The Arlington Author Salon takes place quarterly the first week of July, October, January, and April, with some exceptions to circumvent holidays.
Next Salon: Thursday, January 9, 2020, 7:30 pm
“Stories of Turmoil and Grit”
Where: Kickstand Café, 594 Mass Ave in Arlington Center, MA.
Just off the Minuteman bike path and steps from Spy Pond.
Accessible via the #77 bus. Some parking available in front of the café, and ample parking in the two town lots across the street.
Catherine Guthrie, author of FLAT: Reclaiming My Body From Breast Cancer, is an award-winning women’s health journalist. For the past twenty years, her reporting, essays, and criticism have appeared in dozens of national magazines including Time; O, The Oprah Magazine, Slate; Cosmopolitan; Prevention; and Yoga Journal. She has faced breast cancer twice. She lives in Somerville’s Davis Square.
As a young, queer woman, Catherine Guthrie had worked hard to feel at home in her body. However, after years writing about women’s health and breast cancer, Guthrie is thrust into the role of the patient after a devastating diagnosis at age thirty-eight. At least, she thinks, I know how to fight this.
She was wrong. In one horrifying moment after another, everything that could go wrong does—the surgeon gives her a double mastectomy but misses the cancerous lump, one of the most effective drug treatments fails, and a doctor’s error unleashes millions of breast cancer cells into her body.
Flat is Guthrie’s story of how two bouts of breast cancer shook her faith in her body, her relationship, and medicine. Along the way, she challenges the view that breasts are essential to femininity and paramount to a woman’s happiness. Along the way, she traces an intimate portrayal of how cancer reshapes her relationship with her partner, Mary, revealing the book’s core as a love story.
Filled with candor, vulnerability, and resilience, Guthrie upends the “pink ribbon” narrative in unconventional ways and offers up a unique perspective on womanhood, what it means to be “whole,” and the importance of women advocating for their desires. Flat is a story of how she lost, then found the courage to listen to her body.
Glenn Koenig has always been an “outside the box” thinker. This left him at odds with academia from an early age, but he finally earned a B.A. from Goddard College in 1975.
Back in 2001, Glenn began a deep personal investigation of his own sexuality and gender identity. After thinking he might be transgender, he eventually discovered his “two spirit” nature. He now identifies as a gender queer person in a male body (and uses he/him pronouns).
His first book, “a man wearing a dress,” was published in 2017. Recently, he developed a series of workshops to promote self-acceptance for everyone.
This is the story of one man as he makes his way through life and eventually starts to question his gender identity. Along the way, he reflects on today’s world of rapid and profound change, why we’re enduring stressful times, and where he thinks we’re headed (hint: he’s an optimist, and tells you why!). Finally, he suggests that we heal the damage caused by sexism and racism by abandoning blame and instead working toward mutual understanding, support, and love.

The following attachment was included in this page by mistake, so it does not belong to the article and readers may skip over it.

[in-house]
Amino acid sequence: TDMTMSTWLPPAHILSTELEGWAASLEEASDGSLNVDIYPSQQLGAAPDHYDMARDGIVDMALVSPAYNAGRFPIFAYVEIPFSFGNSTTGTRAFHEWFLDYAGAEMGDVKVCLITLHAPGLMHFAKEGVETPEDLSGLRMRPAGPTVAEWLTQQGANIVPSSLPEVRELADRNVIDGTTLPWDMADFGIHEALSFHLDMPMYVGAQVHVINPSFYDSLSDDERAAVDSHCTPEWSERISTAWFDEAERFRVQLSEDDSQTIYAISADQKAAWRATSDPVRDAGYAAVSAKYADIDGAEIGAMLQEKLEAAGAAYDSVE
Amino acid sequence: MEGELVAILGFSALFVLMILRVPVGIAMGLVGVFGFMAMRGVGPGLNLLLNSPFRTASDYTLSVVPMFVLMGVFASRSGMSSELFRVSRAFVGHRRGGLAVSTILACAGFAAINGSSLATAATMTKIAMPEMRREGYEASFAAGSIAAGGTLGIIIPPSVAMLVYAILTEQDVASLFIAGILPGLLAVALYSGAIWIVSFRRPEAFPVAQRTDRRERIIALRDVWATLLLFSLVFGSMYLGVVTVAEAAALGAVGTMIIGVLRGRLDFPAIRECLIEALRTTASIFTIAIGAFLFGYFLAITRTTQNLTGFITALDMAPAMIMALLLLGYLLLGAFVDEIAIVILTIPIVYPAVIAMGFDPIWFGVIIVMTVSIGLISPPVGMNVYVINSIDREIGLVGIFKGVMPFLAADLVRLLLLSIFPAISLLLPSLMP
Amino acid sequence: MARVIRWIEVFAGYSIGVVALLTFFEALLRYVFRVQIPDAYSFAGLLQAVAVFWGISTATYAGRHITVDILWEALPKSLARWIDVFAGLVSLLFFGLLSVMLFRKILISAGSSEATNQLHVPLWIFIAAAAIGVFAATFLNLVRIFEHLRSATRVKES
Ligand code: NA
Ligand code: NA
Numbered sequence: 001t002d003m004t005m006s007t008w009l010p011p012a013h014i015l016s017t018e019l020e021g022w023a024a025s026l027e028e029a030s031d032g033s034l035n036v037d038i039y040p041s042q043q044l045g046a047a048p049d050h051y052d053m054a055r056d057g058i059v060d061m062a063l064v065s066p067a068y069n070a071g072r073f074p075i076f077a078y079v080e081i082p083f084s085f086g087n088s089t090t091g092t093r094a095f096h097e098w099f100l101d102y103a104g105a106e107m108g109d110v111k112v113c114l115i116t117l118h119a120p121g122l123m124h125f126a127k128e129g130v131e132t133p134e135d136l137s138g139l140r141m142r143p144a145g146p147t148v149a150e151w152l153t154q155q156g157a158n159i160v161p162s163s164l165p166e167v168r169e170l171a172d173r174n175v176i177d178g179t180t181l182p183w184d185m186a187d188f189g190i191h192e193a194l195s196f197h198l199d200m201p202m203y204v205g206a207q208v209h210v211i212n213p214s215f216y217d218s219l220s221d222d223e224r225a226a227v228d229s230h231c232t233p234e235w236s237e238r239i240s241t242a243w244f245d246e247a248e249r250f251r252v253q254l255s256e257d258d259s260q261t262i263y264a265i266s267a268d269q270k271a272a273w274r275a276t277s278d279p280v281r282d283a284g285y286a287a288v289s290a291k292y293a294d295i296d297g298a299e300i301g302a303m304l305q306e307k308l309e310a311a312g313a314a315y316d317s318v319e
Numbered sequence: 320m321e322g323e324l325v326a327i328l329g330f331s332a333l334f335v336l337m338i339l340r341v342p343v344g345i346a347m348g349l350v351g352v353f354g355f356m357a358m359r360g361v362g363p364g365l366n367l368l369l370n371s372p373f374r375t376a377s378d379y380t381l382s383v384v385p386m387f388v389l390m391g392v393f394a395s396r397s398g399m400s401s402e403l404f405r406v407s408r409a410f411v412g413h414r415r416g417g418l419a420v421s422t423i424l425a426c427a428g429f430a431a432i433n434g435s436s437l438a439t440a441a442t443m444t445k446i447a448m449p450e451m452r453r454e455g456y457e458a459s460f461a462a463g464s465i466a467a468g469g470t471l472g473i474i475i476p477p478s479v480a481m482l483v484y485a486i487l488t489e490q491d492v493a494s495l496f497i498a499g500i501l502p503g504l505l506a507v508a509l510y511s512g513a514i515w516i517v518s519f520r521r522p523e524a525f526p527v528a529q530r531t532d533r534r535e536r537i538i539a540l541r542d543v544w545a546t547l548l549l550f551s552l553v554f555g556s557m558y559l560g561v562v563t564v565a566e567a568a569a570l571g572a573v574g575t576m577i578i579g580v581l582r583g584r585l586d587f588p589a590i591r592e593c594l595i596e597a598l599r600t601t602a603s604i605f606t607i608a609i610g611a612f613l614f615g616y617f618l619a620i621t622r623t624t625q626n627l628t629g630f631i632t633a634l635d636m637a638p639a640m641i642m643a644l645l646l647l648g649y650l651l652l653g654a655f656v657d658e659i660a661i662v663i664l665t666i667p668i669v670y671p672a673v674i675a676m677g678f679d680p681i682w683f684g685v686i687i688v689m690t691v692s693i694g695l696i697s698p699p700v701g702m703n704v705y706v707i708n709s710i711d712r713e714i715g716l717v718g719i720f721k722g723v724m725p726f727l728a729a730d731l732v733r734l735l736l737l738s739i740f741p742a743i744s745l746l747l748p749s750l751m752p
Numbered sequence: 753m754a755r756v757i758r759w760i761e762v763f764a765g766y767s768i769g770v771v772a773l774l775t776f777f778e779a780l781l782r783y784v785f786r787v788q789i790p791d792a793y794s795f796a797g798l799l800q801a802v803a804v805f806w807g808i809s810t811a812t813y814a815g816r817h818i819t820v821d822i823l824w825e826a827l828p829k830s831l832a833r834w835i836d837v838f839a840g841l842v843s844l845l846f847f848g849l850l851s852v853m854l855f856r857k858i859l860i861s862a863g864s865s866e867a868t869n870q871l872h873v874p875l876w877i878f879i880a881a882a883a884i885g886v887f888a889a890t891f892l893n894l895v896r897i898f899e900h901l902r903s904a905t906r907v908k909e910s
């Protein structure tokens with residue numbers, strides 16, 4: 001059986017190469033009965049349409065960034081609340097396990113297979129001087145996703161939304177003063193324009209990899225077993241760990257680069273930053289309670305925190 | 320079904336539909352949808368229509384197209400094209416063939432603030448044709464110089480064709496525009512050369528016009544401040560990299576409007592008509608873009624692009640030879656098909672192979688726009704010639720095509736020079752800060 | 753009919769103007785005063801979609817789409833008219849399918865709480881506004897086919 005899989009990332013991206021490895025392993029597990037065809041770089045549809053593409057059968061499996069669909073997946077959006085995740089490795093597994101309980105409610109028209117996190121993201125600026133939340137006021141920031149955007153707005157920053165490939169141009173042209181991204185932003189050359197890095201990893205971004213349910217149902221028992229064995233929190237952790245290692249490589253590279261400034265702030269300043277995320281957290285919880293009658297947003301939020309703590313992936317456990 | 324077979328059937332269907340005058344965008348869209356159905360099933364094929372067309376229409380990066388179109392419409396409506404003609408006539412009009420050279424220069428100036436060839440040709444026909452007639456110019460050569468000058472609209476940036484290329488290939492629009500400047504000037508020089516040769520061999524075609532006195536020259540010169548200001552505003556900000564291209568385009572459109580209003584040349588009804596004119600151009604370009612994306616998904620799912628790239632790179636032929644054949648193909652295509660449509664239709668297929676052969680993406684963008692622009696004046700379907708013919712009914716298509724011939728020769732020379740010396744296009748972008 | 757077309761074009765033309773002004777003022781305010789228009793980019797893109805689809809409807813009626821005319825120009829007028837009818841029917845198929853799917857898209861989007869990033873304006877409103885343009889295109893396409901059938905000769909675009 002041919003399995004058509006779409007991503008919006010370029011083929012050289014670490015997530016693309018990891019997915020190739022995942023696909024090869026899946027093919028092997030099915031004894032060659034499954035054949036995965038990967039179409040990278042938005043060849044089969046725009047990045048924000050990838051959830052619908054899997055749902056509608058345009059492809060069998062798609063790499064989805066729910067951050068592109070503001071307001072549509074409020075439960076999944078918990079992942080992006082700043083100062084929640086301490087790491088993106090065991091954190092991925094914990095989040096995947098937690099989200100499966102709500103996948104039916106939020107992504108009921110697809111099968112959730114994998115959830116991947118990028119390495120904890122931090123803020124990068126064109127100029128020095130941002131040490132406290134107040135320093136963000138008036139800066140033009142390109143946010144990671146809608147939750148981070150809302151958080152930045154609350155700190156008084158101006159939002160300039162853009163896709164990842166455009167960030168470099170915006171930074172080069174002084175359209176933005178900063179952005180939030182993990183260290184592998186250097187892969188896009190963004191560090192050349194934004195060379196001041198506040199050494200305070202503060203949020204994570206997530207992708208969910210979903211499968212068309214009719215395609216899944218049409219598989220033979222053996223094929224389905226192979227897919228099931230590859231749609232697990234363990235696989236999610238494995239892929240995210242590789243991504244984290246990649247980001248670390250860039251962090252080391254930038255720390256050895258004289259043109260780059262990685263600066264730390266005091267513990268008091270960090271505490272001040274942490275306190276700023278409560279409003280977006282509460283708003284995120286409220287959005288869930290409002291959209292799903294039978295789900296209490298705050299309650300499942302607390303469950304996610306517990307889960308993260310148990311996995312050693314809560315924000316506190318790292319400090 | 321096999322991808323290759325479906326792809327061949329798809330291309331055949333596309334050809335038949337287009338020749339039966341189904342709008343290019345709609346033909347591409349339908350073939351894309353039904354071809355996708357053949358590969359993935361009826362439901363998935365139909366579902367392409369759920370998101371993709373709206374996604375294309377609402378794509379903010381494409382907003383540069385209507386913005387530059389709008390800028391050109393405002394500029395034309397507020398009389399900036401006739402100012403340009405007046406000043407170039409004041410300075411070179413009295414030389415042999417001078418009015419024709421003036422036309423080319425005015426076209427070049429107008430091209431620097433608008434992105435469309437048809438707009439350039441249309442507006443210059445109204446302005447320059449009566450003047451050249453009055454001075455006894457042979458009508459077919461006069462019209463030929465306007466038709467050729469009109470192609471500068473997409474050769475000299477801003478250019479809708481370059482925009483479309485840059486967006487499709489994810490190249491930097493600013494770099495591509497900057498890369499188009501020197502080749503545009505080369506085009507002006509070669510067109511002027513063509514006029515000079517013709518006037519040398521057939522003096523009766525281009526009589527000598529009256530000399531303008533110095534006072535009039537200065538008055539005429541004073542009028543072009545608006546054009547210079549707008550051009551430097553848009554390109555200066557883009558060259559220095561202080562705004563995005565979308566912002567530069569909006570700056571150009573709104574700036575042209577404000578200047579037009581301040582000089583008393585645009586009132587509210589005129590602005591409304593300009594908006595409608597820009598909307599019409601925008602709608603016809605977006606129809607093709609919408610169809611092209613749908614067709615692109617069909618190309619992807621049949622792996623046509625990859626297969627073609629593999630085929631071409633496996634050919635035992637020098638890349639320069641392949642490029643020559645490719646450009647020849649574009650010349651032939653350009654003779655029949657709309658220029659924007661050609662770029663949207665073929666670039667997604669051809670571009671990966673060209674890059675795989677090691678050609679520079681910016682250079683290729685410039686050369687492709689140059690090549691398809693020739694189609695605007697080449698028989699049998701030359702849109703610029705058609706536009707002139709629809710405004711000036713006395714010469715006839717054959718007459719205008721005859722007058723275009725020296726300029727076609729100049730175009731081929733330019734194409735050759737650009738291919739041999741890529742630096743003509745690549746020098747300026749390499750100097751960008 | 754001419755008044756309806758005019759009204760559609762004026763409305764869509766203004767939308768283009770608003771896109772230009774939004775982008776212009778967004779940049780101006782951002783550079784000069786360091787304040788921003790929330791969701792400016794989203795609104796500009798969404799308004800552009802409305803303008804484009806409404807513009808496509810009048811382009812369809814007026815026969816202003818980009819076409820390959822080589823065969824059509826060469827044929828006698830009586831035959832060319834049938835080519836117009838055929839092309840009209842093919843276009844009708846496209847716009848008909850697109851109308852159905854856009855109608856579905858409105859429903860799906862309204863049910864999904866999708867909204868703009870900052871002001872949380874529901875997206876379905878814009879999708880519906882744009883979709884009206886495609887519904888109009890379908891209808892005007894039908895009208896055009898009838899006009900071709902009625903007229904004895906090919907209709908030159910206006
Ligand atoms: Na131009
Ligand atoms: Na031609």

All this is expressed as a series of essays, some poetry, and a few illustrations. Each essay may be read alone or all together as a whole. The author’s writing style is direct, personal, vulnerable, and yet with a sense of humor that can sneak up on you.
Sandra A. Miller is the author of the memoir TROVE: A WOMAN’S SEARCH FOR TRUTH AND BURIED TREASURE. She has contributed to more than 100 publications, including The Boston Globe Magazine, for which she is a regular correspondent. One of her essays was turned into a short film called “Wait,” directed by Trudie Styler and starring Kerry Washington. She currently teaches English at the University of Massachusetts and lives in Arlington with her husband and two children.
Trove is the story of a woman whose life is upended when she begins an armchair treasure hunt―a search for $10,000 worth of gold coins buried in New York City, of all places―with a man who, as she points out, is not her husband. In this eloquent, hilarious, sharply realized memoir, Sandra A. Miller grapples with the regret and confusion that so often accompanies middle age, and the shame of craving something more when she has so much already.
In a very real way, Miller has spent her life hunting for buried treasure. As a child, she trained herself to find things: dropped hair clips, shiny bits of broken glass, discarded lighters. Looking to escape from her volatile parents and often-unhappy childhood, Miller found deeper meaning, and a good deal of hope, in each of these objects.
Now an adult and facing the loss of her last living parent―her mother who is at once cold, difficult, and wildly funny―Miller finds herself, as she so often did as a little girl, pressed against a wall of her own longing. Her search for gold, which soon becomes an obsession, forces her to dredge up painful pieces of her past, confront the true source of her sorrow, and finally discover what it is she has been looking for all these years.
Books will be available for sale at the event via The Book Rack.
Visit our Featured Authors page to learn more about past readers.
(Save the date for the following Salon: Thursday, April 2, 2020, and sign up to be notified of future events.)